October brought Jack O’Connell back onscreen in the great “’71” as a soldier stranded in East Belfast, decent Irish dramedy “Gold” and Fincher’s “Gone Girl” which was entertaining trash. At IFI’s Horrorthon I adored two New Zealand horror comedies; Gerard Johnstone’s “Housebound” about a woman under house arrest who’s being pestered by strange noises and occurrences in her own home and “What We Do In The Shadows” Jemaine Clement’s and Taiki Waititti’s low key mockumentary about vampires house-sharing in modern day Wellington.

In November I caught “The Skeleton Twins” a well observed film about siblings forced back together, Timothy Spall grunting in “Mr.Turner”, Cumberbatch in the better than expected “The Imitation Game”, Jake Gyllenhaal looking scary and gaunt in “Nightcrawler” and the okay Dennis Lehane scripted “The Drop”. I then finally caught up with the disappointing “Interstellar” that reached for greatness but never quite made it. I caught up with the two really clever Miller/Lord big budget comedies “The Lego Movie” and “22 Jump Street” and loved them both. At the Carte Noire French Film Festival at the IFI again I took in Mathieu Almaric’s thriller “The Blue Room”, Volker Schlöndorff’s fine adaptation of the play “Diplomacy” and then Laurent Lafitte, of the Comédie-Française no less, turned up to introduce the well worked thriller “Elle l’Adore” about a singer needing help off his number one fan and the family dramedy “Tristesse Club”.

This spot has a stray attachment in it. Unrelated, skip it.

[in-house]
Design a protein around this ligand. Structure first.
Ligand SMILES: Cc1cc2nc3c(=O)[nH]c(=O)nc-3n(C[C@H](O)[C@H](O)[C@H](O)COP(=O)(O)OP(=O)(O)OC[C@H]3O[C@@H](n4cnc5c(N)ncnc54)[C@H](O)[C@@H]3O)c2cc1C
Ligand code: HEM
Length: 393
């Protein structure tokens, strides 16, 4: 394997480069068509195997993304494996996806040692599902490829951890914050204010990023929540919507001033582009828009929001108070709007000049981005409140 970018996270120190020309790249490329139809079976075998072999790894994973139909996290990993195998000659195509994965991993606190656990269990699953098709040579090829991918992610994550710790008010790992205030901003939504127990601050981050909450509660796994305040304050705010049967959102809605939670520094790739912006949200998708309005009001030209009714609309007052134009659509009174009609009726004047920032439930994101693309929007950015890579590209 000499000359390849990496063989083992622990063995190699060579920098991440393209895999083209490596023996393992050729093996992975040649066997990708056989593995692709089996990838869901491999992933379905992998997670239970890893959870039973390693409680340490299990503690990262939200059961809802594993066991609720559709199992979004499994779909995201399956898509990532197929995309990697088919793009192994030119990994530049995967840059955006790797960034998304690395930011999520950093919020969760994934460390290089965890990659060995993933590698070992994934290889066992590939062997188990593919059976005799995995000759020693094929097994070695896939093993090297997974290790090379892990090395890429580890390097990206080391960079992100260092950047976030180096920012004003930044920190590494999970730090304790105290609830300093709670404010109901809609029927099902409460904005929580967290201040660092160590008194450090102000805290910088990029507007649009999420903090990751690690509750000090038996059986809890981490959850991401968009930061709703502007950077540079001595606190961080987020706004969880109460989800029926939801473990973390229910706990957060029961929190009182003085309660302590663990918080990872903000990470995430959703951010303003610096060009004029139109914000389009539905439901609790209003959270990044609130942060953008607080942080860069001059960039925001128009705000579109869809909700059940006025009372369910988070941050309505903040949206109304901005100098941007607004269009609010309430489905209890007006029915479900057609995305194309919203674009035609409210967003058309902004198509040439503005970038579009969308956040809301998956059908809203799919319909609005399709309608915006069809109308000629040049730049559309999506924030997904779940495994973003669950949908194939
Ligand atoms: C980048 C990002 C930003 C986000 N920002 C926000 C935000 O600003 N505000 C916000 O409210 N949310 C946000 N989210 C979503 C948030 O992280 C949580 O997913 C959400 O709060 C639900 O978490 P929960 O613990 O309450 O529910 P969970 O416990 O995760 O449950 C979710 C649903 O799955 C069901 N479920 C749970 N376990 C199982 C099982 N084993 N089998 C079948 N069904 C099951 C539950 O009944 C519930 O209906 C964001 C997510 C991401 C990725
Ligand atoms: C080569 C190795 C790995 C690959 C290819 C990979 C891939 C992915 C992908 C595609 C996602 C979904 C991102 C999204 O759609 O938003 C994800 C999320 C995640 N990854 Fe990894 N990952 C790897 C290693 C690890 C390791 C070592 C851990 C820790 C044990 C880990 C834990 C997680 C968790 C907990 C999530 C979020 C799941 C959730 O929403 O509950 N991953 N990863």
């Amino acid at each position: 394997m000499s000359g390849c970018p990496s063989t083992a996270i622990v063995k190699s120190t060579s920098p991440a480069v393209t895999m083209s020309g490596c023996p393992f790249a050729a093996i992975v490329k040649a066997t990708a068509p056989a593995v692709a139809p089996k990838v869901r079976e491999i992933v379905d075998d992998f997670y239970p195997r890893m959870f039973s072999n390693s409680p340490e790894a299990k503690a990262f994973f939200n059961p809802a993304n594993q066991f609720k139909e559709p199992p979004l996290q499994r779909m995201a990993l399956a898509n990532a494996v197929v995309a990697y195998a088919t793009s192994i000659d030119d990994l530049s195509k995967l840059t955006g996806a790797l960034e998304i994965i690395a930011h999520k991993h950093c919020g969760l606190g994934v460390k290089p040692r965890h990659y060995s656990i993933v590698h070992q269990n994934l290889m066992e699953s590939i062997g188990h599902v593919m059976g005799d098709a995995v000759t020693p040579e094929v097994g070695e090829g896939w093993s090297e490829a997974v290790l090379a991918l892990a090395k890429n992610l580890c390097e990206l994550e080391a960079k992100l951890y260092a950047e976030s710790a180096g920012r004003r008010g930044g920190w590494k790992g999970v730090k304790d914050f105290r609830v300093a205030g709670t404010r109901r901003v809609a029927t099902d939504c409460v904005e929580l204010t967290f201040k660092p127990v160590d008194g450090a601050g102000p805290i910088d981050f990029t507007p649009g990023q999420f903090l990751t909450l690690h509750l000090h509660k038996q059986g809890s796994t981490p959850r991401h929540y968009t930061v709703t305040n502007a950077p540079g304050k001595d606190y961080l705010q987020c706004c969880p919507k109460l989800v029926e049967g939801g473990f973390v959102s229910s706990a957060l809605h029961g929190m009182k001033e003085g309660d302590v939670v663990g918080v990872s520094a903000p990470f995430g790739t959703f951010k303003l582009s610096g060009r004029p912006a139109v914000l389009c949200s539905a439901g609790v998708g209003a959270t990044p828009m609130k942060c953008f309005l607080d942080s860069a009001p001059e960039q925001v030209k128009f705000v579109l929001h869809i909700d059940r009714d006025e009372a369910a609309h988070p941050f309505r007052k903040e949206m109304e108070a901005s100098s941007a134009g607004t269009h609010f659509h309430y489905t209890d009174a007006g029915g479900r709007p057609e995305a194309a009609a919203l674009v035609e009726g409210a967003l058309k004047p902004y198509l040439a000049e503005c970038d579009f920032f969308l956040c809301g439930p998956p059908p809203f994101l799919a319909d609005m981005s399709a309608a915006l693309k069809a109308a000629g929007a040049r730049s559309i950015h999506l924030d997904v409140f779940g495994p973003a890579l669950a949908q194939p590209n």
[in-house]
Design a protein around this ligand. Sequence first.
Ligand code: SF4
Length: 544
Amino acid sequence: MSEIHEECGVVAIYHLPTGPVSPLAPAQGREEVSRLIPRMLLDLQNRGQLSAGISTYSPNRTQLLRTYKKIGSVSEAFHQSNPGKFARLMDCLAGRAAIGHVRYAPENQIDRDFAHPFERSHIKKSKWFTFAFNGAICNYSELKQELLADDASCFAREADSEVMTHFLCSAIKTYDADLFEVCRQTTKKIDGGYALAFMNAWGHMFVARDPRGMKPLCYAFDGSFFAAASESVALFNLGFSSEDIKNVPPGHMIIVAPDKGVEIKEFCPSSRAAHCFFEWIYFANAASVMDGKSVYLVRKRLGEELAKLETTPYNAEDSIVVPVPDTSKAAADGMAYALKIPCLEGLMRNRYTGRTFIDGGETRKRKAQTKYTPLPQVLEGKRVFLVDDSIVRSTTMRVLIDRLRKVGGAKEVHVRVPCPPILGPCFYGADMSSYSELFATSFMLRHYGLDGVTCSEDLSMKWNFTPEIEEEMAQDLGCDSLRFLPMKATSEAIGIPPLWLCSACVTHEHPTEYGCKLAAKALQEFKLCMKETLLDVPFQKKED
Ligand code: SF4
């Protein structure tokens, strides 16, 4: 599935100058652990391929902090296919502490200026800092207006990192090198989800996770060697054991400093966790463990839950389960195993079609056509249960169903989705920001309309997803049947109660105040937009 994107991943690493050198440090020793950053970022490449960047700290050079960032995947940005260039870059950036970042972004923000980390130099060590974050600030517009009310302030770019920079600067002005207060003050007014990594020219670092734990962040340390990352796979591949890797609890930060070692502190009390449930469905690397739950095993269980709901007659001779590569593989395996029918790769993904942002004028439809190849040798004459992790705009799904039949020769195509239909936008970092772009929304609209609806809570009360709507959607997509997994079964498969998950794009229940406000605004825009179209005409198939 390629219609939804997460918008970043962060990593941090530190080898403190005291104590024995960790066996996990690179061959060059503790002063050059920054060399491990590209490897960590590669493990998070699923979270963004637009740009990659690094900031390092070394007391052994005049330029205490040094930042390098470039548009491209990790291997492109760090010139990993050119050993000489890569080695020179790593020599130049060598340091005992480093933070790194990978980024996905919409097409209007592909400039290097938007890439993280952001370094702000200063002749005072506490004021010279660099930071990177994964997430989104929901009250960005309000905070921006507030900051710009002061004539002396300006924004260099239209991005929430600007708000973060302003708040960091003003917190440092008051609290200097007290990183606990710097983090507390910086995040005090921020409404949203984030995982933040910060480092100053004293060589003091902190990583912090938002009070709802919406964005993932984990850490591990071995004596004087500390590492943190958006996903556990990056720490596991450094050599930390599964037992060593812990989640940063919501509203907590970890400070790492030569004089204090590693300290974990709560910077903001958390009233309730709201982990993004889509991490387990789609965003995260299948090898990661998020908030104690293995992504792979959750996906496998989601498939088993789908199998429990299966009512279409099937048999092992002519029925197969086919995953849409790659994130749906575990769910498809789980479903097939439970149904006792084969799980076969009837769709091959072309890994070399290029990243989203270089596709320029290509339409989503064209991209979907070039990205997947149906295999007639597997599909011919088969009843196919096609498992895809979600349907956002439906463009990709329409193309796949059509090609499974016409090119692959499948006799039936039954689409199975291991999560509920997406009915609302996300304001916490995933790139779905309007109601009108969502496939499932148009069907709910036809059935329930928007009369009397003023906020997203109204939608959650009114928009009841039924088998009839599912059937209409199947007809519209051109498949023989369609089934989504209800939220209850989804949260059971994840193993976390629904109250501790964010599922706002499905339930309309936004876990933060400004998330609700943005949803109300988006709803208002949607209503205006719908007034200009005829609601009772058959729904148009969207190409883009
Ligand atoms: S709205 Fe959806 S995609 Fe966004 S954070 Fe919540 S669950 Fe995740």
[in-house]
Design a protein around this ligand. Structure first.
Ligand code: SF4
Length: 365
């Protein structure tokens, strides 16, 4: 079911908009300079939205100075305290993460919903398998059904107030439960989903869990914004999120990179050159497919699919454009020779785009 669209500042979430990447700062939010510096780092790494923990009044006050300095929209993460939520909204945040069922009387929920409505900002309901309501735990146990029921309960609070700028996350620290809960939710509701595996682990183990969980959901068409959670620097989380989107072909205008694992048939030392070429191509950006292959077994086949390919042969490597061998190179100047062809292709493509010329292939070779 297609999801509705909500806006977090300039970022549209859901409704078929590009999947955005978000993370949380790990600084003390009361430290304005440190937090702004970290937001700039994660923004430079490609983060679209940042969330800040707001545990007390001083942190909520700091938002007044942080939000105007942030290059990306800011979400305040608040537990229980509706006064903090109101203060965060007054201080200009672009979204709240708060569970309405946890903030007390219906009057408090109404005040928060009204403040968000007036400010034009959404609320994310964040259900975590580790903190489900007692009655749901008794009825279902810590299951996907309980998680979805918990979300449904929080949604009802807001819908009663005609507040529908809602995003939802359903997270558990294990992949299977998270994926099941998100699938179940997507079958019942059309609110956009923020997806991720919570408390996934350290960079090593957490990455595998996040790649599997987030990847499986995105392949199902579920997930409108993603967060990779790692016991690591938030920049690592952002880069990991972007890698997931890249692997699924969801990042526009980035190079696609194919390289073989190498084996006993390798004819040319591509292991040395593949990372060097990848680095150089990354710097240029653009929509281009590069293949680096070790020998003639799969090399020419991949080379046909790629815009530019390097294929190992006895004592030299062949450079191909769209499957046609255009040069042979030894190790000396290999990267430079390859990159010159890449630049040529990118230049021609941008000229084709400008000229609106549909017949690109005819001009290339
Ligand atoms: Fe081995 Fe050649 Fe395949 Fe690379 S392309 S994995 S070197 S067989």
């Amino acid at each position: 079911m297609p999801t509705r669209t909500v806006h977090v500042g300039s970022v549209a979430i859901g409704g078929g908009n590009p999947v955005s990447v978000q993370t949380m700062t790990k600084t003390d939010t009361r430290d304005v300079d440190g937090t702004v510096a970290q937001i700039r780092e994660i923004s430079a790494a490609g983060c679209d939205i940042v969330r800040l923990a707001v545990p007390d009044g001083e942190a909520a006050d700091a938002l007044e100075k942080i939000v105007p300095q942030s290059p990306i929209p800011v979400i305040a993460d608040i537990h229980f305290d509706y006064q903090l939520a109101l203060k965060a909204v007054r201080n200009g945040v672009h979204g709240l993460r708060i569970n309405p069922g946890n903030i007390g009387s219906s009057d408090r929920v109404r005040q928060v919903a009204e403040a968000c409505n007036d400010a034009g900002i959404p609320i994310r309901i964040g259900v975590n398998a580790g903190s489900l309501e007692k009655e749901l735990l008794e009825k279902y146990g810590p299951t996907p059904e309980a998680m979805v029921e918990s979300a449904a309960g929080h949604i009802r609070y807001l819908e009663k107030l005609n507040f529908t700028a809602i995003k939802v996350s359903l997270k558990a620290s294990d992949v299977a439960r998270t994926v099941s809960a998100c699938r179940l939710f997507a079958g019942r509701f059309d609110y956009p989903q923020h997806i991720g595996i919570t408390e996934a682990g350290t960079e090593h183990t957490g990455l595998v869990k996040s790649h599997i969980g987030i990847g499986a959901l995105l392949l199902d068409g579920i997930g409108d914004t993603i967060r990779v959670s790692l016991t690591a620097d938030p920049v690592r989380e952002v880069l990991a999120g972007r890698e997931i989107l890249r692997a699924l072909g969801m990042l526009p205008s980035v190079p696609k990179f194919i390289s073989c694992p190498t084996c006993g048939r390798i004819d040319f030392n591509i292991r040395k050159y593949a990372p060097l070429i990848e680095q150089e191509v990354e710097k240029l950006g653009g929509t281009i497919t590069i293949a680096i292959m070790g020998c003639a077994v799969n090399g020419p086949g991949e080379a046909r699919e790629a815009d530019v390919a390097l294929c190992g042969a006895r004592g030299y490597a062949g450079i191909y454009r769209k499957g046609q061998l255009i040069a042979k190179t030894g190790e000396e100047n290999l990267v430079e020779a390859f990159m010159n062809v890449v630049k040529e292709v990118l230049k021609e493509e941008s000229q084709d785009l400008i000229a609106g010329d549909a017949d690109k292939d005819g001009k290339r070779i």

December was mainly spent trying to catch up on films I missed like “The Rover” with Guy Pearce which was very good, “Ida” about a Polish nun in the 60’s was really beautiful, “Dawn of the Planet of the Apes” was better than I could have hoped for, “X-Men: Days of Future Past” was fine and “Calvary” really did very little for me and finally “Godzilla” was sadly a little too dull. In the cinema I caught an interesting take on musician Edwyn Collin’s stroke and recovery in “The Possibilities Are Endless”, Tommy Lee Jones’s odd western “The Homesman” and the not so great “St Vincent” with Bill Murray. Didn’t make it to see “Paddington” unfortunately but hey, I think I caught enough this year at this point, overall a good year.

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SEE MICK’S TOP 10: Friends Of Spooool share their Best Films of 2014